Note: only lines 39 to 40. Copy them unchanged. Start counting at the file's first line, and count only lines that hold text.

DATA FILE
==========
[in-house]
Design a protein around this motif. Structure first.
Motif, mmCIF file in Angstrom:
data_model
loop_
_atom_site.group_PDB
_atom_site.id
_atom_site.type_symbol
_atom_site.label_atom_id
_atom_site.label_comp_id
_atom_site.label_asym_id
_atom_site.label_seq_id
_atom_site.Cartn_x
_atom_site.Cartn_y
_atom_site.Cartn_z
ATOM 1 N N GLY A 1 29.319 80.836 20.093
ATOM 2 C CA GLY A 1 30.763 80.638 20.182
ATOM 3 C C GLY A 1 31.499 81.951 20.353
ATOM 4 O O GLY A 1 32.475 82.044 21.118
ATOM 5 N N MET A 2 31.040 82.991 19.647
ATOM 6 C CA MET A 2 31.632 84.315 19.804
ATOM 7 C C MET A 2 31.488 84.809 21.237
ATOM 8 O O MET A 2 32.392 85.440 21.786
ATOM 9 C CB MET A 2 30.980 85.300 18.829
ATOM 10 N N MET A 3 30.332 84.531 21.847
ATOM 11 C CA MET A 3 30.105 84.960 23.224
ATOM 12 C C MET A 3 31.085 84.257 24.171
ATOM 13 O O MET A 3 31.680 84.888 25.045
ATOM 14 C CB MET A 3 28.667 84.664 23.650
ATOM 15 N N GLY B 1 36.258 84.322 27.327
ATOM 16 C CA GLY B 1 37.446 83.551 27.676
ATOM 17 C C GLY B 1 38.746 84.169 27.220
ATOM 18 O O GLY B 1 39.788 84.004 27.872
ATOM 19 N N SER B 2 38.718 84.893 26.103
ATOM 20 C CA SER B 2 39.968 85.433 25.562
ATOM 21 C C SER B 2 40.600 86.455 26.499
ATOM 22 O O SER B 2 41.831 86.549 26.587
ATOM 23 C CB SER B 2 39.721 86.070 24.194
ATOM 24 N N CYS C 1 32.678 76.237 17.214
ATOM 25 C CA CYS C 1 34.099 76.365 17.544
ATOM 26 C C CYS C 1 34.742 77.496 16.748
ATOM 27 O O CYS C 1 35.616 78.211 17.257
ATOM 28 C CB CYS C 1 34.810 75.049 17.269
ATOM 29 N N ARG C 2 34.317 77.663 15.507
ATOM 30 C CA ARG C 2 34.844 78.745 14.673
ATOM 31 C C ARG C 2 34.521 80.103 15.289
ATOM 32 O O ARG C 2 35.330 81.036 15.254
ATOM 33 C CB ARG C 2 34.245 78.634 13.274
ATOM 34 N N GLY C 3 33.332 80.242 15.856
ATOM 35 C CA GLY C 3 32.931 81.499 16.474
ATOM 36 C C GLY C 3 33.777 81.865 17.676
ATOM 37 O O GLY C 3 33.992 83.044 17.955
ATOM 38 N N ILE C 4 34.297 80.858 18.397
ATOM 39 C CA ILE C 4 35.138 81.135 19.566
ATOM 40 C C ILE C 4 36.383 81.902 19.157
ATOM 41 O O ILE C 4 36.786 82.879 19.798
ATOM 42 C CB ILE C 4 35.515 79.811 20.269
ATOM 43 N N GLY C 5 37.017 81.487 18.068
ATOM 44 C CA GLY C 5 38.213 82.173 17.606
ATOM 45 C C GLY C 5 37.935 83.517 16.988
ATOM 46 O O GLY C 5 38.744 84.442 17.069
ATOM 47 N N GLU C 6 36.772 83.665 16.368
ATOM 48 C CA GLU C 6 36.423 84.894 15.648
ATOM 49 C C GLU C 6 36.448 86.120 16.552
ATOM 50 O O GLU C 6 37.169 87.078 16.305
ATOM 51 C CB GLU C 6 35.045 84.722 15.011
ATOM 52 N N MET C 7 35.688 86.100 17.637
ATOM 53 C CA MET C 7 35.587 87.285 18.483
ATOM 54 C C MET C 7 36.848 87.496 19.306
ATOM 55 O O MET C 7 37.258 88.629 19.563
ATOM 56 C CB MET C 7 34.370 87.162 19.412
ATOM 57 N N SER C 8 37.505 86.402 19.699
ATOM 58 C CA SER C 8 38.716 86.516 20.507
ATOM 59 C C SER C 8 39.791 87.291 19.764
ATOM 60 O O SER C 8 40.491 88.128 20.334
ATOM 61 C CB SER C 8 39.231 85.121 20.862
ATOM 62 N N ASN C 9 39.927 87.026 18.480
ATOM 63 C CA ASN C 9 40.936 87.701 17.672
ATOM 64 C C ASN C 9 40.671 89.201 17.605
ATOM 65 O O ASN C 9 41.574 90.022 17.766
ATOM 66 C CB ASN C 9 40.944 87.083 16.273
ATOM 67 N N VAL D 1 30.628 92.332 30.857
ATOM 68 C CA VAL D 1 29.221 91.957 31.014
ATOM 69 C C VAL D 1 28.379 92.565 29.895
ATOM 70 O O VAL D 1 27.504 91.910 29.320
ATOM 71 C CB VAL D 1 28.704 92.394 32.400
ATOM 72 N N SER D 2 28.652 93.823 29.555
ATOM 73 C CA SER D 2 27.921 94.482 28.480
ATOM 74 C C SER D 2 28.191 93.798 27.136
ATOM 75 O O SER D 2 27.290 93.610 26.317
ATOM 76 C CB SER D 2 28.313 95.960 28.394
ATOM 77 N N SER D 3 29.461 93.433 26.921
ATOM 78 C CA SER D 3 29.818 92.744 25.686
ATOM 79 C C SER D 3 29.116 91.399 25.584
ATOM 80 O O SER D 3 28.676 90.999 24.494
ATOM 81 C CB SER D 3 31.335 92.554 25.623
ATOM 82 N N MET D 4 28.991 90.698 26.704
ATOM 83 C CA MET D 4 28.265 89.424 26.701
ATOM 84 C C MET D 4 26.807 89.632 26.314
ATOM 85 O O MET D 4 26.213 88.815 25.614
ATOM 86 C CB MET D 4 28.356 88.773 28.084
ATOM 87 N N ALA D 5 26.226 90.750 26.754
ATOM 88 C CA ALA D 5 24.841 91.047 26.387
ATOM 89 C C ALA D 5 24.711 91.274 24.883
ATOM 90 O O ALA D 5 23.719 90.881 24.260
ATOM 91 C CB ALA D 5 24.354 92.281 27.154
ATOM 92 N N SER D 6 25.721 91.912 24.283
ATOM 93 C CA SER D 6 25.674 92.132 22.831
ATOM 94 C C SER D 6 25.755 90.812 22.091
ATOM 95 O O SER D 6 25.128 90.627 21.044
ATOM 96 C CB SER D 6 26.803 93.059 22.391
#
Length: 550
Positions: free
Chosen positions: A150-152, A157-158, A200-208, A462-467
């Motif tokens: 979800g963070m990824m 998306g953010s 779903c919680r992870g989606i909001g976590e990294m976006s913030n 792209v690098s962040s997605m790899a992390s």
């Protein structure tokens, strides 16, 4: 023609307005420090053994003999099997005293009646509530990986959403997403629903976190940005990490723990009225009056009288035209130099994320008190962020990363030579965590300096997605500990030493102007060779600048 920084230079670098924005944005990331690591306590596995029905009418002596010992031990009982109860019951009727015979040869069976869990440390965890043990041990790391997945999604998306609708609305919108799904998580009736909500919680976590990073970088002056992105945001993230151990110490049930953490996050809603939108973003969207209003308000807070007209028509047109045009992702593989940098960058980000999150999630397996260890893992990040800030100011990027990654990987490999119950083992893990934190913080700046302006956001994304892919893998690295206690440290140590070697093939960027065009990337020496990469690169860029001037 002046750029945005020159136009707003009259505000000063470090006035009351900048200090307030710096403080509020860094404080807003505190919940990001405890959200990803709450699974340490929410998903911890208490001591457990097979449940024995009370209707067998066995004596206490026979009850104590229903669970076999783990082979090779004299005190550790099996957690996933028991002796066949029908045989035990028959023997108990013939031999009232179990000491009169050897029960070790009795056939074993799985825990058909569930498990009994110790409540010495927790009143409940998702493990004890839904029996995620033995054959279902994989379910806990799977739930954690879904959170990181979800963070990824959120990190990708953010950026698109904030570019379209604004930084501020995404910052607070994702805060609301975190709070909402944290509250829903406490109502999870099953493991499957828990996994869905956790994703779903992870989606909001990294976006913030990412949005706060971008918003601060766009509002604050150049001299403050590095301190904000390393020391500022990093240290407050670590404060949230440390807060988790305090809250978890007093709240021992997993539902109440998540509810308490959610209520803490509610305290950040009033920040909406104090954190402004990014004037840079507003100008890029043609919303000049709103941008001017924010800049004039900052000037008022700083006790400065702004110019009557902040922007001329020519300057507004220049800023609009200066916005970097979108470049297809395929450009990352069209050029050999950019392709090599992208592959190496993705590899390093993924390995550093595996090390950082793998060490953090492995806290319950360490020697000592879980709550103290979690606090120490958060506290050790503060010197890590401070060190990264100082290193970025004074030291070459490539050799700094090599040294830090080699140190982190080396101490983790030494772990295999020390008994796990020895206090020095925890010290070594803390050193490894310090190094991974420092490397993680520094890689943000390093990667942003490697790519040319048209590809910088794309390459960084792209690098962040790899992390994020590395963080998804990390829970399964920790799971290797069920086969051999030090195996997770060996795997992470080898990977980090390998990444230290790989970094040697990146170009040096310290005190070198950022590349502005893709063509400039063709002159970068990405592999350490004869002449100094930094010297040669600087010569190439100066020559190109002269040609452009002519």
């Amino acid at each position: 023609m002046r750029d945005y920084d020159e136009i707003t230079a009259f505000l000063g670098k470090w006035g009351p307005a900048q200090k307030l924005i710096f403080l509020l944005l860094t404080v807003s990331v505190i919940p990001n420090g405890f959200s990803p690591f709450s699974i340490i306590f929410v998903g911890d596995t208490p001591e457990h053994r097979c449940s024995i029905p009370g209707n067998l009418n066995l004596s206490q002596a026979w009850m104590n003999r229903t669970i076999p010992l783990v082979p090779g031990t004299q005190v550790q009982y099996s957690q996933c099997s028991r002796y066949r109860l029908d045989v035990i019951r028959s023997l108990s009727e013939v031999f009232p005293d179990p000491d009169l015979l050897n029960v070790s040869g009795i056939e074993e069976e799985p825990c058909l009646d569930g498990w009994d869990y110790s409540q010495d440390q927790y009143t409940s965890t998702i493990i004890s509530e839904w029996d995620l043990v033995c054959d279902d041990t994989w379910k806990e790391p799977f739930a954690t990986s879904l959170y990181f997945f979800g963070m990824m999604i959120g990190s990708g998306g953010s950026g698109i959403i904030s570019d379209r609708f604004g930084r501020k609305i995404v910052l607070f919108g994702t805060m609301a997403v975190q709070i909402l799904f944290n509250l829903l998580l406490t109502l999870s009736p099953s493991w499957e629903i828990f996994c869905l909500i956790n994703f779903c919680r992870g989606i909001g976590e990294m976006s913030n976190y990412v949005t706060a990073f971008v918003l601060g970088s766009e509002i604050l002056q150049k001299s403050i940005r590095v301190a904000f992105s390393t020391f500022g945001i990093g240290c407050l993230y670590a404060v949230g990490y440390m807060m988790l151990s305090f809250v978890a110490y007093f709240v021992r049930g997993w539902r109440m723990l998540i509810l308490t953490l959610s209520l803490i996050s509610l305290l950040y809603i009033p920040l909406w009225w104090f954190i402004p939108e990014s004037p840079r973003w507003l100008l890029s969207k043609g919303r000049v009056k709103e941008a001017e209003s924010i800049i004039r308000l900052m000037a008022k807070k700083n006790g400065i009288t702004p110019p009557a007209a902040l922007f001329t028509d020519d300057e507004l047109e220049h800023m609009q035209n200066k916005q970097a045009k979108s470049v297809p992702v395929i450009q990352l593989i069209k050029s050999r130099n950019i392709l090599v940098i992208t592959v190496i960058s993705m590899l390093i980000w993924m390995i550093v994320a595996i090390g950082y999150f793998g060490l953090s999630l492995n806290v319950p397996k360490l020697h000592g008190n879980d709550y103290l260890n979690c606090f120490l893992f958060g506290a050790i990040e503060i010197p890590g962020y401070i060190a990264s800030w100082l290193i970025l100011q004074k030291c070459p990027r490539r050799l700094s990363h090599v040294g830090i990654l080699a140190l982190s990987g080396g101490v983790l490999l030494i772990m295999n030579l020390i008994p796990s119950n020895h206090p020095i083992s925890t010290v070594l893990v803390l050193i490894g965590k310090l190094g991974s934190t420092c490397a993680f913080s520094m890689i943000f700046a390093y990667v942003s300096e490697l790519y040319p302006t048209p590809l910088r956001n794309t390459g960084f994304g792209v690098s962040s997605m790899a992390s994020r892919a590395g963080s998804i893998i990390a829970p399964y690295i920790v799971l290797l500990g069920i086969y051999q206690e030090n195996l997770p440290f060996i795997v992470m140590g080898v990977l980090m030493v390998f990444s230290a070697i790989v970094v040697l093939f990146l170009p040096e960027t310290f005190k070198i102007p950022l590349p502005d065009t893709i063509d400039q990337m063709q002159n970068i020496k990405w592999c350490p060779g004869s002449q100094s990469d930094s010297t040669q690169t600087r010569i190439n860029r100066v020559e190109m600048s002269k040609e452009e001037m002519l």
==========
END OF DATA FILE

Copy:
ATOM 24 N N CYS C 1 32.678 76.237 17.214
ATOM 25 C CA CYS C 1 34.099 76.365 17.544